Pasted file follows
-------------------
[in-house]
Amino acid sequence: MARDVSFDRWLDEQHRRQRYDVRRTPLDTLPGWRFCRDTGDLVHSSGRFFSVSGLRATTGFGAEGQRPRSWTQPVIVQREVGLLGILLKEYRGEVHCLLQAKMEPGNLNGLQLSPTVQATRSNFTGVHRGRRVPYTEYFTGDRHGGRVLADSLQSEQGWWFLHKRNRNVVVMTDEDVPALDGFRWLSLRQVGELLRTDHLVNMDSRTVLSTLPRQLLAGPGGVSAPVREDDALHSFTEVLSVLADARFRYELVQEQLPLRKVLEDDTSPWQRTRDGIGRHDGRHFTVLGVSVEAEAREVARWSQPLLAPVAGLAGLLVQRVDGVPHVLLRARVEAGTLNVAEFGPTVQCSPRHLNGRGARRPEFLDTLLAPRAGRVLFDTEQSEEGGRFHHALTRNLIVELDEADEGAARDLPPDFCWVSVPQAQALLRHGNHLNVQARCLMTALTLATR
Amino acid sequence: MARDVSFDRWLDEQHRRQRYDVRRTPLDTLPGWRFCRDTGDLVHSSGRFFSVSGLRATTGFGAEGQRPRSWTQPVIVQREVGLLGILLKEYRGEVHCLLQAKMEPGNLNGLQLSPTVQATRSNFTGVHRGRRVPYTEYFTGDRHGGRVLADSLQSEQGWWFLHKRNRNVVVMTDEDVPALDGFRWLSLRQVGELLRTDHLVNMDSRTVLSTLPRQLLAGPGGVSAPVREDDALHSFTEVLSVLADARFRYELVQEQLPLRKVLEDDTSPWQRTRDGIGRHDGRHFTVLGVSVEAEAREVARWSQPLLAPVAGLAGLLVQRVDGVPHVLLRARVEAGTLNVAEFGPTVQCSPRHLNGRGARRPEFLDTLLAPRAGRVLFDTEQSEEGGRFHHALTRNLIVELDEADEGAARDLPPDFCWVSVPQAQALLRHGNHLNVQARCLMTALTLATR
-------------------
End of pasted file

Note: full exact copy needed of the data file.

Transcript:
[in-house]
Amino acid sequence: MARDVSFDRWLDEQHRRQRYDVRRTPLDTLPGWRFCRDTGDLVHSSGRFFSVSGLRATTGFGAEGQRPRSWTQPVIVQREVGLLGILLKEYRGEVHCLLQAKMEPGNLNGLQLSPTVQATRSNFTGVHRGRRVPYTEYFTGDRHGGRVLADSLQSEQGWWFLHKRNRNVVVMTDEDVPALDGFRWLSLRQVGELLRTDHLVNMDSRTVLSTLPRQLLAGPGGVSAPVREDDALHSFTEVLSVLADARFRYELVQEQLPLRKVLEDDTSPWQRTRDGIGRHDGRHFTVLGVSVEAEAREVARWSQPLLAPVAGLAGLLVQRVDGVPHVLLRARVEAGTLNVAEFGPTVQCSPRHLNGRGARRPEFLDTLLAPRAGRVLFDTEQSEEGGRFHHALTRNLIVELDEADEGAARDLPPDFCWVSVPQAQALLRHGNHLNVQARCLMTALTLATR
Amino acid sequence: MARDVSFDRWLDEQHRRQRYDVRRTPLDTLPGWRFCRDTGDLVHSSGRFFSVSGLRATTGFGAEGQRPRSWTQPVIVQREVGLLGILLKEYRGEVHCLLQAKMEPGNLNGLQLSPTVQATRSNFTGVHRGRRVPYTEYFTGDRHGGRVLADSLQSEQGWWFLHKRNRNVVVMTDEDVPALDGFRWLSLRQVGELLRTDHLVNMDSRTVLSTLPRQLLAGPGGVSAPVREDDALHSFTEVLSVLADARFRYELVQEQLPLRKVLEDDTSPWQRTRDGIGRHDGRHFTVLGVSVEAEAREVARWSQPLLAPVAGLAGLLVQRVDGVPHVLLRARVEAGTLNVAEFGPTVQCSPRHLNGRGARRPEFLDTLLAPRAGRVLFDTEQSEEGGRFHHALTRNLIVELDEADEGAARDLPPDFCWVSVPQAQALLRHGNHLNVQARCLMTALTLATR